Wug’s up?

Wait, you may be asking, what’a wug? The short answer is that a wug’s not a thing. Literally. It was chosen as a good, possible English word that didn’t have a meaning associated with it. The long answer is that a wug’s one of the ways that we know phonology is real.

These are wugs, from Jean Berko Gleason's work on child morphemic acquisition "The acquisition and dissolution of the English inflectional system", published in 1978. Sorry, nothing really funny to say about them. They are pretty cute, though.

Ok, so answer the question in the picture above. If you’re a native speaker of English, you probably said something like “There are two wugz.” Of course, you would write it “wugs”, but you’d say it with a final ‘z’. I’ve talked about this before, but it’s worth repeating:

In English, there are two ways to make a word plural. You can add -z to the end, and you can add -s to the end. They’re actually very similar sounds, but with a slight difference. When you’re making a -s sound, you don’t vibrate your vocal folds, so there’s no sort of louder buzzing noise (linguists call that voicing), but when you make a -z sound, you do voice it. When that happens is determined by the sound in front of the plural marking. If it’s voiced, the voicing is sort of smeared over into  the -s on the end, mainly because it’s easier to say.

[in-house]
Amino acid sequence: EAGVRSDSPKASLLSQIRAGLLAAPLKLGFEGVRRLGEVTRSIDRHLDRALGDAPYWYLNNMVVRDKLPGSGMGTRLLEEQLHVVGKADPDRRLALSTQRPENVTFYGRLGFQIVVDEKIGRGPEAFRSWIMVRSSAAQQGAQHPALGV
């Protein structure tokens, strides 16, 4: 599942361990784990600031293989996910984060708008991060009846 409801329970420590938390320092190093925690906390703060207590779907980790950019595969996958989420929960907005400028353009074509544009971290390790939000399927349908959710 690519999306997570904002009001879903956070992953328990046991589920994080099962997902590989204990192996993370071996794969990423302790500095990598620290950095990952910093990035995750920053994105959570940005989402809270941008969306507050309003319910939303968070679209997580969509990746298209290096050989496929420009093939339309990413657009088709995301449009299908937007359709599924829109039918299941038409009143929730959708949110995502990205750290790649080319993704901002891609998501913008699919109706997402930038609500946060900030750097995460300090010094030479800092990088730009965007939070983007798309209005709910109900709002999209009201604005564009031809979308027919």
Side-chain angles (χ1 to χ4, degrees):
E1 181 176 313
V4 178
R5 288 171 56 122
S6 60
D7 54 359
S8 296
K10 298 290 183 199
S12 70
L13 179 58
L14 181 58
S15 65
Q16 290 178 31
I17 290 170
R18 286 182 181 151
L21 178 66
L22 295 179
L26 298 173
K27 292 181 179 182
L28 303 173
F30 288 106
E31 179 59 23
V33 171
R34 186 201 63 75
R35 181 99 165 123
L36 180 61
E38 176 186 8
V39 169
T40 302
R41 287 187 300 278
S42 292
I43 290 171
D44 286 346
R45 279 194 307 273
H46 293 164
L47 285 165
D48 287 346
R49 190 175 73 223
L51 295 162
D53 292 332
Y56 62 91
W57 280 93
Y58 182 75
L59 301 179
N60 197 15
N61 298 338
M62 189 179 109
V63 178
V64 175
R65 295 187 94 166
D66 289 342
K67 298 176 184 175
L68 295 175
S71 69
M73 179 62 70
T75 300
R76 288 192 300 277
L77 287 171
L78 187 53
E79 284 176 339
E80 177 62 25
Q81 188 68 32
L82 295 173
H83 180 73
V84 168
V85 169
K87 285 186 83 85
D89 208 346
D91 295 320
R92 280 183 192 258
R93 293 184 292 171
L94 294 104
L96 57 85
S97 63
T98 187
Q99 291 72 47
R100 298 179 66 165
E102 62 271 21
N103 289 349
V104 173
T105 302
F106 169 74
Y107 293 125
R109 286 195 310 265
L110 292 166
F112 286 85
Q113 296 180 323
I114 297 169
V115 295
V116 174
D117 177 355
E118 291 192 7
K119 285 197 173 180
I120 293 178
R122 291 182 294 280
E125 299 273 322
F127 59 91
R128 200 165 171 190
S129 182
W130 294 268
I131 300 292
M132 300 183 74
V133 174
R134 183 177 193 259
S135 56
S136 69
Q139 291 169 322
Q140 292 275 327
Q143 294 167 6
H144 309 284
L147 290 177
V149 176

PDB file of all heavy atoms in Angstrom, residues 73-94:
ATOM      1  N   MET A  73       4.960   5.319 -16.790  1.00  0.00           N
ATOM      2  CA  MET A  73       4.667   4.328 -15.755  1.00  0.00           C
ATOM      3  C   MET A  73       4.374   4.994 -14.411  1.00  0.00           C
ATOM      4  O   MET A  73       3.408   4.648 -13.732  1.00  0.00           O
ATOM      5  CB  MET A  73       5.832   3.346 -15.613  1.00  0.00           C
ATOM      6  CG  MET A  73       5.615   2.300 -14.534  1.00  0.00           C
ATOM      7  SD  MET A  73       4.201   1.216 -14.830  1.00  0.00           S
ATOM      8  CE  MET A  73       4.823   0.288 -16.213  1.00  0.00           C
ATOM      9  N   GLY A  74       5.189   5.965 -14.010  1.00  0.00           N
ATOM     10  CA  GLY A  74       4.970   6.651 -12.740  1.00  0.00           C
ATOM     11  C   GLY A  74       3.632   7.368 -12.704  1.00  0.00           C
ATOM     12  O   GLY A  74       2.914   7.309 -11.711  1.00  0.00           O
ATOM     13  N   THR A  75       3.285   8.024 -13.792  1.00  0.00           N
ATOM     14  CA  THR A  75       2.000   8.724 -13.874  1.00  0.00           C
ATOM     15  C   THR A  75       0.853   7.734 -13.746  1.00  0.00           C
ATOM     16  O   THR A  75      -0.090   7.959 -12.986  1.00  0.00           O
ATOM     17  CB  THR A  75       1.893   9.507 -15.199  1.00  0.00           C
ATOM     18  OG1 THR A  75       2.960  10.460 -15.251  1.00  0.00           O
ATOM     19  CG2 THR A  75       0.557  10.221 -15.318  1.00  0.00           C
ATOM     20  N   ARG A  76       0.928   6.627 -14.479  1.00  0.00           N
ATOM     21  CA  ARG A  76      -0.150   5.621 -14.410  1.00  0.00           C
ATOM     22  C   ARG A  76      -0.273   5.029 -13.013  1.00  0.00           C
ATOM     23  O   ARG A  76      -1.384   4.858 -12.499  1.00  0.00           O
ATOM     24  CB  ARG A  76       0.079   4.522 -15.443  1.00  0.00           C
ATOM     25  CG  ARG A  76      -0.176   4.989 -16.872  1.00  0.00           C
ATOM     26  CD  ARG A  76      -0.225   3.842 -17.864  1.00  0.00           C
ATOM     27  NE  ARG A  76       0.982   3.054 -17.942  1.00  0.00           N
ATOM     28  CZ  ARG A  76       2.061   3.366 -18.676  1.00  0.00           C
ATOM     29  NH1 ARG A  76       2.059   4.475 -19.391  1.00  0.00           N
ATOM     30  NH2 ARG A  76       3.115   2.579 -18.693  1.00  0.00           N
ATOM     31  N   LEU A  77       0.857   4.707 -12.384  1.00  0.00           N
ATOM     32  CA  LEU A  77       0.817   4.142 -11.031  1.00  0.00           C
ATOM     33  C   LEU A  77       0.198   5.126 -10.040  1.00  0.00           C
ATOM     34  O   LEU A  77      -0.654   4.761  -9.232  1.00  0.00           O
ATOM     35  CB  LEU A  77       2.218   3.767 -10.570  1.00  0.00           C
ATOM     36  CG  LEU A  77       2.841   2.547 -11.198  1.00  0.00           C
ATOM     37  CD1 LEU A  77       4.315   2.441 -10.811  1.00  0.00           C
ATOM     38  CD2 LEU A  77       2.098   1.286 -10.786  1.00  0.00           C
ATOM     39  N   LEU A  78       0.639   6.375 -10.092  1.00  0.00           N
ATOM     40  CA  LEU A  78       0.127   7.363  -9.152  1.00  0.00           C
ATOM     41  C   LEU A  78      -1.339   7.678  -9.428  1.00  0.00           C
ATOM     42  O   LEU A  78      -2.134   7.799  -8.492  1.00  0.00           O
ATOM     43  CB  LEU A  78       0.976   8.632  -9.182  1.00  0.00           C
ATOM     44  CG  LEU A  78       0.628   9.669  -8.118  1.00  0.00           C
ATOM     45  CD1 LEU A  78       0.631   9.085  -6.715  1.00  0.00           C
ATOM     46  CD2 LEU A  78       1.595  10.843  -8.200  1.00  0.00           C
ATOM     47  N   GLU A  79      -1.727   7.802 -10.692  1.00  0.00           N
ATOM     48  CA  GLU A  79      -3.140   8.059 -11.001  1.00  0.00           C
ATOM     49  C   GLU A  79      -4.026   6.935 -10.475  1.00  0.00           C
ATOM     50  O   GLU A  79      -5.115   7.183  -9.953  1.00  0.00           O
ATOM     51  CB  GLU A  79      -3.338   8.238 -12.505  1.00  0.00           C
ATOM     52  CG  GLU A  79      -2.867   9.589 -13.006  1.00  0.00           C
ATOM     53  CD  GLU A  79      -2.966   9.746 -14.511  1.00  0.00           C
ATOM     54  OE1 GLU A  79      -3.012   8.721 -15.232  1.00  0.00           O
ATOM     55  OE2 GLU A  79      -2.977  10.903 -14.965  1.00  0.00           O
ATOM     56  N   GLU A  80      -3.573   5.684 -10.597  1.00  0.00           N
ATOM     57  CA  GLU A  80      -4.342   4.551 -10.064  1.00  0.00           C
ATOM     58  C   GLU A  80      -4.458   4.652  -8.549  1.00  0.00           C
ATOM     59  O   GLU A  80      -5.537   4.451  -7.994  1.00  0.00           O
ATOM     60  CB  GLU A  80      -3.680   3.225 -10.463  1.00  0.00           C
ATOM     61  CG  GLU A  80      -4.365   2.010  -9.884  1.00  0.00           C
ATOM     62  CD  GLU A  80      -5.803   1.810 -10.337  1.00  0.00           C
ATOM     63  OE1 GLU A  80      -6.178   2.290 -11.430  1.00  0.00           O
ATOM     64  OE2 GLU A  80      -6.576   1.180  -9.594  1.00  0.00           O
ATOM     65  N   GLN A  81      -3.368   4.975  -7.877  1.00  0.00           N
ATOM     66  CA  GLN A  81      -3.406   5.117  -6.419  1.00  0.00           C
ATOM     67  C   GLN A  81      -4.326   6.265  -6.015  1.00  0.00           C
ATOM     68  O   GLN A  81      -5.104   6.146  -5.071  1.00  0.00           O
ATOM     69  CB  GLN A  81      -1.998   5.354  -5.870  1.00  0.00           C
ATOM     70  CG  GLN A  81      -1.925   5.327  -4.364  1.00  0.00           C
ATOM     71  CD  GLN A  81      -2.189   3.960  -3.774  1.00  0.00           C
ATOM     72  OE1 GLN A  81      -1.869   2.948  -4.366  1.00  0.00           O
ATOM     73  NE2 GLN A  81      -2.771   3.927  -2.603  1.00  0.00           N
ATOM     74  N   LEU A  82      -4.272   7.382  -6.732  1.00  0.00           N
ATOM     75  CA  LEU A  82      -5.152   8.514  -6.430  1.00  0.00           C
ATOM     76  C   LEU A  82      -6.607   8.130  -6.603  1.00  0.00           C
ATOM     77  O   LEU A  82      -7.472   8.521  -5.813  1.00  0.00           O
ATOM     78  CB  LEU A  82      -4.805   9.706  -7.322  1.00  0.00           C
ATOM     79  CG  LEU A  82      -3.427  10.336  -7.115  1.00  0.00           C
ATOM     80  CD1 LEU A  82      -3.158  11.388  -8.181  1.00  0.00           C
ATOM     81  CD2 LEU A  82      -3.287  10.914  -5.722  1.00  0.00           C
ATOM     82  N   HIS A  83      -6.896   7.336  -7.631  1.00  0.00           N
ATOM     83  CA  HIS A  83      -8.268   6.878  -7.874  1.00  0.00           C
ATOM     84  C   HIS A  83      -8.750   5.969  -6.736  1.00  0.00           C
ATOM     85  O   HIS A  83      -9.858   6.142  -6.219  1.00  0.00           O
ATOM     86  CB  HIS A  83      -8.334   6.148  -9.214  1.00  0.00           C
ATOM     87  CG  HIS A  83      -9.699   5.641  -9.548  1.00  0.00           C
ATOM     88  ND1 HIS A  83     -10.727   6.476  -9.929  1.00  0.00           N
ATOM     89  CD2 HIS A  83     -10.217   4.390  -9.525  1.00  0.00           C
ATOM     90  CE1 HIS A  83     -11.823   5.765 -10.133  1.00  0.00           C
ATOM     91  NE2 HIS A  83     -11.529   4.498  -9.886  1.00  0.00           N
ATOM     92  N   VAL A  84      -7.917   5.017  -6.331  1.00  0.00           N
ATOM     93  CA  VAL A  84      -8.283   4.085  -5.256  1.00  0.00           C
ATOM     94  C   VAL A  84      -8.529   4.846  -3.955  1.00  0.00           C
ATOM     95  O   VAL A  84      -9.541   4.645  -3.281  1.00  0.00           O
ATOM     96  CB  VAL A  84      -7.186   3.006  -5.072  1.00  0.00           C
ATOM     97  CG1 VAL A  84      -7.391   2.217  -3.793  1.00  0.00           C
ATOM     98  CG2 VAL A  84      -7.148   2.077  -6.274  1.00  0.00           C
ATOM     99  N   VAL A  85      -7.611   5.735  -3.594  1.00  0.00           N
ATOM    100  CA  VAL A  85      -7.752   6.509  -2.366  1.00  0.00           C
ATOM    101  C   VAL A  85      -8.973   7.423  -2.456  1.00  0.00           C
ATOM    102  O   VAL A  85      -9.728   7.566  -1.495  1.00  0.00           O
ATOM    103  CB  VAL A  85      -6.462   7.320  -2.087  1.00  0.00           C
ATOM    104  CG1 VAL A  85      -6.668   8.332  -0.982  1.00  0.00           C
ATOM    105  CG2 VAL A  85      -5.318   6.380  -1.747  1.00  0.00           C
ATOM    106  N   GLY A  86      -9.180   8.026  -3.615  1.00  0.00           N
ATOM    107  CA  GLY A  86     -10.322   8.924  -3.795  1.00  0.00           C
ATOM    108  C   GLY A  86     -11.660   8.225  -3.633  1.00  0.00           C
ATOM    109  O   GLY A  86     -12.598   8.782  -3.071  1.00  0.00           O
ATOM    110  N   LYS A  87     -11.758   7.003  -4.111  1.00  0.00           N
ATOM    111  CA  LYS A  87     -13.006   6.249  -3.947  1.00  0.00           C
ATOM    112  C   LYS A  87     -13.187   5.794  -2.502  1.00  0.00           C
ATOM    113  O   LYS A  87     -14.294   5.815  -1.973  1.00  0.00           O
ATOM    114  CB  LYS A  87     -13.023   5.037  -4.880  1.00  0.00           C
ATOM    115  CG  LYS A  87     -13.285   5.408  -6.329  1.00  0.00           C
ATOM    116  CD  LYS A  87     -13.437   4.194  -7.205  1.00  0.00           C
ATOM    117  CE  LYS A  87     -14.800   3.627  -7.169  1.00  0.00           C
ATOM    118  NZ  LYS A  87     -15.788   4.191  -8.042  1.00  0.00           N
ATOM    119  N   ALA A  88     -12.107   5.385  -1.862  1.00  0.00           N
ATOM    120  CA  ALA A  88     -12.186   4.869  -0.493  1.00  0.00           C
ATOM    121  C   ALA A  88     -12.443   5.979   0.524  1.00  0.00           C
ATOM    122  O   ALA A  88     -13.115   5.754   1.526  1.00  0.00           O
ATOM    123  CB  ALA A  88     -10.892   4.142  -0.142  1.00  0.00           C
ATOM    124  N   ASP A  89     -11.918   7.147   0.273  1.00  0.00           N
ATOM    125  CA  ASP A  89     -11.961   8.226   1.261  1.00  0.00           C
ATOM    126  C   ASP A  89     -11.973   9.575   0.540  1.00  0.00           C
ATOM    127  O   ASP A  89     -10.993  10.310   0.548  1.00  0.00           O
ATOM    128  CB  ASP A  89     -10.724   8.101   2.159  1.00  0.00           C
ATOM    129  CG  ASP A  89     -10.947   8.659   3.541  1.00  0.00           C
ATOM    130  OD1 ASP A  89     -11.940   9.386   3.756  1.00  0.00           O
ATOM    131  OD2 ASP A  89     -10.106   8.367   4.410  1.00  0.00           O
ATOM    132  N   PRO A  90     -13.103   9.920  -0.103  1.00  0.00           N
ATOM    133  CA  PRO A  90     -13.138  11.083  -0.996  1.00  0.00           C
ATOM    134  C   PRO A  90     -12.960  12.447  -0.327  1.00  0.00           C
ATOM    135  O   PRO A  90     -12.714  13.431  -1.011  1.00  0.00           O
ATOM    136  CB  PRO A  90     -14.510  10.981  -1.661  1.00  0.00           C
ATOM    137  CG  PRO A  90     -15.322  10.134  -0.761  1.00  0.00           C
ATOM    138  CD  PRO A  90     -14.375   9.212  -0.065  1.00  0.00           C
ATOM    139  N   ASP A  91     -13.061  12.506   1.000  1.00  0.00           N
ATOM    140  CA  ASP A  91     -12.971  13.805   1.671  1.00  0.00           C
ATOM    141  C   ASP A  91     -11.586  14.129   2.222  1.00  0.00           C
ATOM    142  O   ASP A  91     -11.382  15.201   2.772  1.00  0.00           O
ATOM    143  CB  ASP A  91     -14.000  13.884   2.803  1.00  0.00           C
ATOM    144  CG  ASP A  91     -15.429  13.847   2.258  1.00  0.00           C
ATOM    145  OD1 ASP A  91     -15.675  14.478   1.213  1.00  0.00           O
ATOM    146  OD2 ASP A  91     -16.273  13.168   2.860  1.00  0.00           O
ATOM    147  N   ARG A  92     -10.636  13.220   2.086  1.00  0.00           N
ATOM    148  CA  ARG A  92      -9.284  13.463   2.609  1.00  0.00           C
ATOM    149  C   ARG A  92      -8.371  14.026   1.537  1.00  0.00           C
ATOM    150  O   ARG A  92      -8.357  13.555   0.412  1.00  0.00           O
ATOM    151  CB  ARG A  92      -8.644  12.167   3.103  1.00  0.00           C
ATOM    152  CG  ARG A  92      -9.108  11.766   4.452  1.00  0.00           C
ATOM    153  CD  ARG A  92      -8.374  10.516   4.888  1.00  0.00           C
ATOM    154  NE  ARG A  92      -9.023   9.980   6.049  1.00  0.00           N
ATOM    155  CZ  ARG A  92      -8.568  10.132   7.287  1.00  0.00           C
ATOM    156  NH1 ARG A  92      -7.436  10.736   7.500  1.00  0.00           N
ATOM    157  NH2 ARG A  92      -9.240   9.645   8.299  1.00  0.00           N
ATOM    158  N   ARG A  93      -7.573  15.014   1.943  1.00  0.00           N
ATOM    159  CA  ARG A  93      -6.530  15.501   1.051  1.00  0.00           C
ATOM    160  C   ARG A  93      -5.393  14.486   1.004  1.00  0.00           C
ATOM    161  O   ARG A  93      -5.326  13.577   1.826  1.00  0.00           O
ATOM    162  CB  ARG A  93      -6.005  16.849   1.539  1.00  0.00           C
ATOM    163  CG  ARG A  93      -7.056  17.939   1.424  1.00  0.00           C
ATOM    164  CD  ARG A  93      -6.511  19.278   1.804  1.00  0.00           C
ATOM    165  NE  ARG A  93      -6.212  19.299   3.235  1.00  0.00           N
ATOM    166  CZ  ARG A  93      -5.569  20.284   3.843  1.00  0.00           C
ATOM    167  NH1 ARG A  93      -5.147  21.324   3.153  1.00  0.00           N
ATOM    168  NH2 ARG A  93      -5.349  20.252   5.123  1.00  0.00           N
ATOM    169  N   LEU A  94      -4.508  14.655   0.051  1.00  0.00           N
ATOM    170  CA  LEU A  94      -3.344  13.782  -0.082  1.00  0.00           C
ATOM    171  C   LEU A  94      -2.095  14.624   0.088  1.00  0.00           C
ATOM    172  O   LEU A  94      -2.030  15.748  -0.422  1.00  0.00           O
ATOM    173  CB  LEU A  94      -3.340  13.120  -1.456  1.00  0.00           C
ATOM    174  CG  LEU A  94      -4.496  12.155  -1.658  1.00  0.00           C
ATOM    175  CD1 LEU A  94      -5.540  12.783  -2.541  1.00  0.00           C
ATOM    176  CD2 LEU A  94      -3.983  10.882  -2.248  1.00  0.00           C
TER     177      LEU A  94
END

Now, this is a rule that you know and  can apply without even thinking about it. But children have to learn it somehow, and we didn’t really know when this happened developmentally. Which is what the wug test was designed to find out. If children have learned the rule, then they’ll say “wug-z” instead of “wug-s”. It turns out that four- and five-year-olds have usually got this rule down cold. Which tells us something useful about how we acquire language. And, you know, watching four-year-olds trying to stay on task is adorable.

And, as a special bonus, here’s a video interview with Jean Berko Gleason. She’s super awesome and a real live linguist. 🙂

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